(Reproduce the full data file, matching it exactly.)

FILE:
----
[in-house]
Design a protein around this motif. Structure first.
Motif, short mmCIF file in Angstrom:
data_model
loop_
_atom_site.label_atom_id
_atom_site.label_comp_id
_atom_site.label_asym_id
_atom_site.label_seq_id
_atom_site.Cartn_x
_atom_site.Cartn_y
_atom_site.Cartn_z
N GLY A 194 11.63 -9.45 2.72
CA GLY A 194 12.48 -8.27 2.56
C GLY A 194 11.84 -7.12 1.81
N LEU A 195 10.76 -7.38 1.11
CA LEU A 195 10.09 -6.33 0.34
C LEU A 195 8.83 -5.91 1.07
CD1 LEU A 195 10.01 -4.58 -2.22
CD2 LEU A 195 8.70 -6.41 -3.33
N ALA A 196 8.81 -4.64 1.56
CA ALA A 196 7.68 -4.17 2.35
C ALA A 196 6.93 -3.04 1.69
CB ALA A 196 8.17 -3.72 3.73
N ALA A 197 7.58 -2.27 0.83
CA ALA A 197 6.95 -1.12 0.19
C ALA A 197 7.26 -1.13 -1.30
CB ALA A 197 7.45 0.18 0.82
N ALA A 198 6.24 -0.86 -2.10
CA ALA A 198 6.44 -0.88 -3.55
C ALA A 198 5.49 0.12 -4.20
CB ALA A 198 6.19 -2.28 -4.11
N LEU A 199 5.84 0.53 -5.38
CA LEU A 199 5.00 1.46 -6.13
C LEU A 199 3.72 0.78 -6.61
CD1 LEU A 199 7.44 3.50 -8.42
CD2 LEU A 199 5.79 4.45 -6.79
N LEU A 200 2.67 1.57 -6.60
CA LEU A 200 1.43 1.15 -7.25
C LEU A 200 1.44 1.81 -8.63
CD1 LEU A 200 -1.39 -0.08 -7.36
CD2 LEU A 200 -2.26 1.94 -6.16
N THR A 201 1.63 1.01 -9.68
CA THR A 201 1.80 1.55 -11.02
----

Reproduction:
[in-house]
Design a protein around this motif. Structure first.
Motif, short mmCIF file in Angstrom:
data_model
loop_
_atom_site.label_atom_id
_atom_site.label_comp_id
_atom_site.label_asym_id
_atom_site.label_seq_id
_atom_site.Cartn_x
_atom_site.Cartn_y
_atom_site.Cartn_z
N GLY A 194 11.63 -9.45 2.72
CA GLY A 194 12.48 -8.27 2.56
C GLY A 194 11.84 -7.12 1.81
N LEU A 195 10.76 -7.38 1.11
CA LEU A 195 10.09 -6.33 0.34
C LEU A 195 8.83 -5.91 1.07
CD1 LEU A 195 10.01 -4.58 -2.22
CD2 LEU A 195 8.70 -6.41 -3.33
N ALA A 196 8.81 -4.64 1.56
CA ALA A 196 7.68 -4.17 2.35
C ALA A 196 6.93 -3.04 1.69
CB ALA A 196 8.17 -3.72 3.73
N ALA A 197 7.58 -2.27 0.83
CA ALA A 197 6.95 -1.12 0.19
C ALA A 197 7.26 -1.13 -1.30
CB ALA A 197 7.45 0.18 0.82
N ALA A 198 6.24 -0.86 -2.10
CA ALA A 198 6.44 -0.88 -3.55
C ALA A 198 5.49 0.12 -4.20
CB ALA A 198 6.19 -2.28 -4.11
N LEU A 199 5.84 0.53 -5.38
CA LEU A 199 5.00 1.46 -6.13
C LEU A 199 3.72 0.78 -6.61
CD1 LEU A 199 7.44 3.50 -8.42
CD2 LEU A 199 5.79 4.45 -6.79
N LEU A 200 2.67 1.57 -6.60
CA LEU A 200 1.43 1.15 -7.25
C LEU A 200 1.44 1.81 -8.63
CD1 LEU A 200 -1.39 -0.08 -7.36
CD2 LEU A 200 -2.26 1.94 -6.16
N THR A 201 1.63 1.01 -9.68
CA THR A 201 1.80 1.55 -11.02